6 Effective Communication Methods for Managing a remote team
They say that communication is "the oxygen of a distributed enterprise". And that's a good analogy, because remote teams need good communication strategies to survive and thrive.
Just think of all the ways that office based teams interact with each other: traditional meetings, brainstorming around a whiteboard, visiting someone's office to ask a quick question, solving a tricky problem face-to-face over lunch, catching up in the break room, and many other little ways that colleagues connect and interact with each other.
The question is, how do you make these important connections when your colleagues may be spread across several cities or even countries?
As long as you are part of a remote team, it is easy to take for granted the importance of these types of interactions in building a team and creating a sense of unity and purpose.
Jared Ponchot, Creative Director at Lullabot (a fully distributed company), suggests three types of communication that all remote teams need to integrate into their workflow:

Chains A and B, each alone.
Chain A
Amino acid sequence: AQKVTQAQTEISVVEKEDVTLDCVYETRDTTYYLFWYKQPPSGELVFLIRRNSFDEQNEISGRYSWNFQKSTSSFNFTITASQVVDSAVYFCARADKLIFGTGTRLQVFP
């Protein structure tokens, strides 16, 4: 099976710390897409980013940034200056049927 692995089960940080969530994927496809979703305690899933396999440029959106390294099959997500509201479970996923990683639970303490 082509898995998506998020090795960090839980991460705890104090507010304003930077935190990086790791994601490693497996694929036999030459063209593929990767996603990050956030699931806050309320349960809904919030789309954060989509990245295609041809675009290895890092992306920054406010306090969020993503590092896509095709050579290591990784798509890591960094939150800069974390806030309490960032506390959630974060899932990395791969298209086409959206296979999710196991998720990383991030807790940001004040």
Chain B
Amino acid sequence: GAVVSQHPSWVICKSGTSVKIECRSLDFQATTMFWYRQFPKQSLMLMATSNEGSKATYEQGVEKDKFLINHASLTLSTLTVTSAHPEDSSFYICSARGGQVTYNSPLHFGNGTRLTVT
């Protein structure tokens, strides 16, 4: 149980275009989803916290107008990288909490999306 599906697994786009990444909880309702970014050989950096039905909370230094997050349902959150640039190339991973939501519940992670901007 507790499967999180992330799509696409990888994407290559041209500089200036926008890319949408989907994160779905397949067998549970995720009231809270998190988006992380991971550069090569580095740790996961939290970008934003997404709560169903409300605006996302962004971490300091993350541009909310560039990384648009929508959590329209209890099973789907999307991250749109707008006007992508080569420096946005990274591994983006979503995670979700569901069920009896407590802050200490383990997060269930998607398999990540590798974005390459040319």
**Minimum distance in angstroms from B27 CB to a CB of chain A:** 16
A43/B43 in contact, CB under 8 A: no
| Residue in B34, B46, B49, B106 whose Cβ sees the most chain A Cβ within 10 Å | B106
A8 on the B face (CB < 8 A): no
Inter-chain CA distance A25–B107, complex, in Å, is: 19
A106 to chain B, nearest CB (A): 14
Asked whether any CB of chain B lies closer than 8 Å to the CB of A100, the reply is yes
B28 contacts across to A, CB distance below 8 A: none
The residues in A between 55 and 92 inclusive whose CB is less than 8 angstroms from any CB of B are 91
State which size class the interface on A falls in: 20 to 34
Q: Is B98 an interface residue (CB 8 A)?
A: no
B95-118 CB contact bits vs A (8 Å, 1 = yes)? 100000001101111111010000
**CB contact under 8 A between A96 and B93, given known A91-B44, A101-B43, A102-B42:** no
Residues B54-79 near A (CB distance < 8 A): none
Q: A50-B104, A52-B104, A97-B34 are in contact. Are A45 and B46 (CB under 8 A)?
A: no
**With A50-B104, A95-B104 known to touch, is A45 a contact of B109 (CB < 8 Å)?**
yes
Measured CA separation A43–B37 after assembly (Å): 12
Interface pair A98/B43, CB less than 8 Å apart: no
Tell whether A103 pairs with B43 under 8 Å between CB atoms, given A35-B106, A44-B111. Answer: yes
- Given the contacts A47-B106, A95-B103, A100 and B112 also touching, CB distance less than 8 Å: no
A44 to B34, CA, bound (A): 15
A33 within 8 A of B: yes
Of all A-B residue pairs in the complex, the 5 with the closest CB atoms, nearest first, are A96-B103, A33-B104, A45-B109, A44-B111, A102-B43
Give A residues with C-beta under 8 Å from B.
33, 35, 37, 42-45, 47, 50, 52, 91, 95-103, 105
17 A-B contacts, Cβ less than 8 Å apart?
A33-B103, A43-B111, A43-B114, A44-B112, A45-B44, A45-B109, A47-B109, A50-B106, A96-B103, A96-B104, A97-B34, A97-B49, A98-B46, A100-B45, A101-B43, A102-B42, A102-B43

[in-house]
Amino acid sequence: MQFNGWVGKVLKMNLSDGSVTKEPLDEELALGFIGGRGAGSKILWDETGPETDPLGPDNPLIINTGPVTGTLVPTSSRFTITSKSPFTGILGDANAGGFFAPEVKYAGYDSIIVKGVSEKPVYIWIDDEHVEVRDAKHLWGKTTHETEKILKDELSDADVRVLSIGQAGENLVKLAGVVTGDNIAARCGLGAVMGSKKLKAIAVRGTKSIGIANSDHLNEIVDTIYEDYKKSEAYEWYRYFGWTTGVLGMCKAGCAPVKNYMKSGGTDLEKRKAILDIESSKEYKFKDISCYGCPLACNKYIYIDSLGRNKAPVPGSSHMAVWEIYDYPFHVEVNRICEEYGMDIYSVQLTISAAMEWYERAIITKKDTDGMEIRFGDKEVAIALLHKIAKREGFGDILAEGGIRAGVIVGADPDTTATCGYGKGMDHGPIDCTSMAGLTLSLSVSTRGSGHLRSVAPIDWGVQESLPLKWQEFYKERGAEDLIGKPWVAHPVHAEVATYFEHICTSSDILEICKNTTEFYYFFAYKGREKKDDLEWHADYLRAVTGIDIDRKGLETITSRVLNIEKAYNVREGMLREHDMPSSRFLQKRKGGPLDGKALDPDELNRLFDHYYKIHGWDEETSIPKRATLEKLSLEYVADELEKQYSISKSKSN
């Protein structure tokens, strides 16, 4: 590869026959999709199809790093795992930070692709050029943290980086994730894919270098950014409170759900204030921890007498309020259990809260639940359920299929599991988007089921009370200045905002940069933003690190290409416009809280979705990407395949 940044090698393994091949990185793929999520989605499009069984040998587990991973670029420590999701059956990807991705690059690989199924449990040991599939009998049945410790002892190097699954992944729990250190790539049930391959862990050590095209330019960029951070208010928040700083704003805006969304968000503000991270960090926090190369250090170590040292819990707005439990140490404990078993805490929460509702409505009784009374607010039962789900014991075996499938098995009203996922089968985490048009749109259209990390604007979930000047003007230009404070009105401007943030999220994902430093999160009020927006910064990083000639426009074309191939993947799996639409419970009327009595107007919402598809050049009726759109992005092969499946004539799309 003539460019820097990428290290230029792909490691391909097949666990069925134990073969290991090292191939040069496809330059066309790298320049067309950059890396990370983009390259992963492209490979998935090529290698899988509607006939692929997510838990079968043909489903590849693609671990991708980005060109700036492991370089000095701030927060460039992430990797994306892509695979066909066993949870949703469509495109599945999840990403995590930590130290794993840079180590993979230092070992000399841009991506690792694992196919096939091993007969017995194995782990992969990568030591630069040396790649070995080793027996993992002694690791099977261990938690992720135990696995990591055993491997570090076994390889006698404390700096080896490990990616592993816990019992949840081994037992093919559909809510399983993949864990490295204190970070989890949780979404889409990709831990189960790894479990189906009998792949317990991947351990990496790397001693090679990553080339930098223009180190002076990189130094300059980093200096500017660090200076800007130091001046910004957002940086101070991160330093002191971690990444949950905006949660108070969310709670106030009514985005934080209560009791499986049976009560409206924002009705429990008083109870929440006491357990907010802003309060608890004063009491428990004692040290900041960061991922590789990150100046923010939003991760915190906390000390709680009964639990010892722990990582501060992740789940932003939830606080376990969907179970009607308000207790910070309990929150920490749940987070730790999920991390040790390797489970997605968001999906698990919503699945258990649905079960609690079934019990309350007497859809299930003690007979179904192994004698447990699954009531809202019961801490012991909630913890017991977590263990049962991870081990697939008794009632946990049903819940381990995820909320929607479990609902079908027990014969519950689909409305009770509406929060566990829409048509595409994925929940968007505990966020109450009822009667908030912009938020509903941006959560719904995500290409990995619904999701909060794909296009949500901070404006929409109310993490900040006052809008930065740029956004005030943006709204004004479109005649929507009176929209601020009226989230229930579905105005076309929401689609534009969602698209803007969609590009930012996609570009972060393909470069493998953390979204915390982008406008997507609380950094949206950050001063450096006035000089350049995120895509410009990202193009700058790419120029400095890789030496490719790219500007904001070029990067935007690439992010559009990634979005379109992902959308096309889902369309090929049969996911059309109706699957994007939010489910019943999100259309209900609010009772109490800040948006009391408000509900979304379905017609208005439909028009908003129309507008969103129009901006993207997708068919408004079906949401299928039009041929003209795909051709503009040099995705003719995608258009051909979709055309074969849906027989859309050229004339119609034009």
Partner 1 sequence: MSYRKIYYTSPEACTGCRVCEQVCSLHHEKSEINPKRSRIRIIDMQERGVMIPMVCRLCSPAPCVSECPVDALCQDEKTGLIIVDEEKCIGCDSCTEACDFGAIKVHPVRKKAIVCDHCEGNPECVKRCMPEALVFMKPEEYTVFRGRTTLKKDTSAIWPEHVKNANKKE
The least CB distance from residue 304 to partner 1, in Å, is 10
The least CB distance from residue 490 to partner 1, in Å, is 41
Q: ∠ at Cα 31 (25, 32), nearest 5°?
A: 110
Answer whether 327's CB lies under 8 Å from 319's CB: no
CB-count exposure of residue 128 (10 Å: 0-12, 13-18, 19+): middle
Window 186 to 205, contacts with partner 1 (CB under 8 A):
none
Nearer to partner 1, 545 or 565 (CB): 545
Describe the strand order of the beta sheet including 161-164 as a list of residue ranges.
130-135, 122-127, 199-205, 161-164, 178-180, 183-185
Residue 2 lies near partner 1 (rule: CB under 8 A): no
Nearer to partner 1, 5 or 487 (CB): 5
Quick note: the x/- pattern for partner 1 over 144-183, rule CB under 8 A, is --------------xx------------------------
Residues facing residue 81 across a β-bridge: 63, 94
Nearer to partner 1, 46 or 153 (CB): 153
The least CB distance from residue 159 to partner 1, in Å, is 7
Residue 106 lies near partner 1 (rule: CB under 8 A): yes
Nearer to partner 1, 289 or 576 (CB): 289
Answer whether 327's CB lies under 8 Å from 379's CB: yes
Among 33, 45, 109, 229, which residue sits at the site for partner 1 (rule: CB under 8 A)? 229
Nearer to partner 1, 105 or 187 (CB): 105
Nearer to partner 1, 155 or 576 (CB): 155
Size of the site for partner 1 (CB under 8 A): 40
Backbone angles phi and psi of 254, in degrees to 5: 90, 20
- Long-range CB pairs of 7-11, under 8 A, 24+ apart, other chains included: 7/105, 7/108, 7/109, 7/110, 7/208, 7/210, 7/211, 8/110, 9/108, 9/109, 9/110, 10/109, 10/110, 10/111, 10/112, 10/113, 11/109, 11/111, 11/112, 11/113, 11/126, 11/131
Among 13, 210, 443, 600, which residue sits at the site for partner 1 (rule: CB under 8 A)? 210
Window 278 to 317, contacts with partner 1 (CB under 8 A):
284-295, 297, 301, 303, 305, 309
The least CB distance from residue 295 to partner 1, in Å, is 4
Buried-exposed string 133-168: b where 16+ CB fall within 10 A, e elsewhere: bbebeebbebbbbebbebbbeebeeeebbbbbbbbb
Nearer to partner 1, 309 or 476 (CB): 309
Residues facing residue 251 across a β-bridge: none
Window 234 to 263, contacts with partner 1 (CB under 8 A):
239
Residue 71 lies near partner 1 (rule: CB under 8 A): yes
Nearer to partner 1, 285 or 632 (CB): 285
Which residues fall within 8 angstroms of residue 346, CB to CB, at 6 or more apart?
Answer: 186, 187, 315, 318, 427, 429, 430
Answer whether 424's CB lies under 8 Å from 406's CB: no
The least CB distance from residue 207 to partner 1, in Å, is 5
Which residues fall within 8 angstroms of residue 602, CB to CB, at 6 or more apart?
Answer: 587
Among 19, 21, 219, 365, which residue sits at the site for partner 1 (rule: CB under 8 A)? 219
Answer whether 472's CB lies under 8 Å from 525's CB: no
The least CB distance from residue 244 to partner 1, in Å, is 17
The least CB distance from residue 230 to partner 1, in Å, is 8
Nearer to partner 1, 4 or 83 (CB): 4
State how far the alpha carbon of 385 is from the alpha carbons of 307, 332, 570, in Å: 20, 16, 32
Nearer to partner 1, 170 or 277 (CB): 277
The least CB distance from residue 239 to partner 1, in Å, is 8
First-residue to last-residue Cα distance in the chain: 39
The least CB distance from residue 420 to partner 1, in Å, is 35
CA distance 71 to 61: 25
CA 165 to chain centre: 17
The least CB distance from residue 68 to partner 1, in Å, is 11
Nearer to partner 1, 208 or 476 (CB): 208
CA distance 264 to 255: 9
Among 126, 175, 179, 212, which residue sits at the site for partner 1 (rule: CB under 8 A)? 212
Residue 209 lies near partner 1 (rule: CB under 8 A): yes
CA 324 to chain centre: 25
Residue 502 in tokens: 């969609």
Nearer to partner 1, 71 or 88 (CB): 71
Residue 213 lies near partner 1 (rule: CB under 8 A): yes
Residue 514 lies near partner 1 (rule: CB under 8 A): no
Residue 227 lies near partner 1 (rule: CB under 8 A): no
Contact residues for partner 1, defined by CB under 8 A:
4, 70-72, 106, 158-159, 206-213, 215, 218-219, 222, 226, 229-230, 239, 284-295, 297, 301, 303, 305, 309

It is the backbone of many distributed teams, especially those spread across multiple time zones. As the name implies, asynchronous communication is not synchronized. Instead of a real-time conversation, it is a written exchange that takes place according to each person's schedule.
For remote teams where most collaboration is online, this would be like someone leaving a note in a messaging application - for example, Slack or Skype - where the other person could read and respond at their convenience. That's why this method is preferable for questions or conversations that are not time-sensitive.
Examples: email, direct messaging, posting updates or issues on project management platforms (GitHub, Trello, Basecamp, etc.).
This type of communication, on the other hand, is synchronized - two or more people agree to communicate using the same method at the same time. This type of communication can be in writing, but is not mandatory. Good old-fashioned phone calls are the original method of synchronous communication, but modern technology has given us many other options.
Synchronous communication is a good option when things need to be done more quickly, or when it is important to ask questions and get immediate answers, or to allow participants to bounce ideas around and get active feedback.
Examples: live chat, video calls or meetings, online voice calls, phone calls, etc.\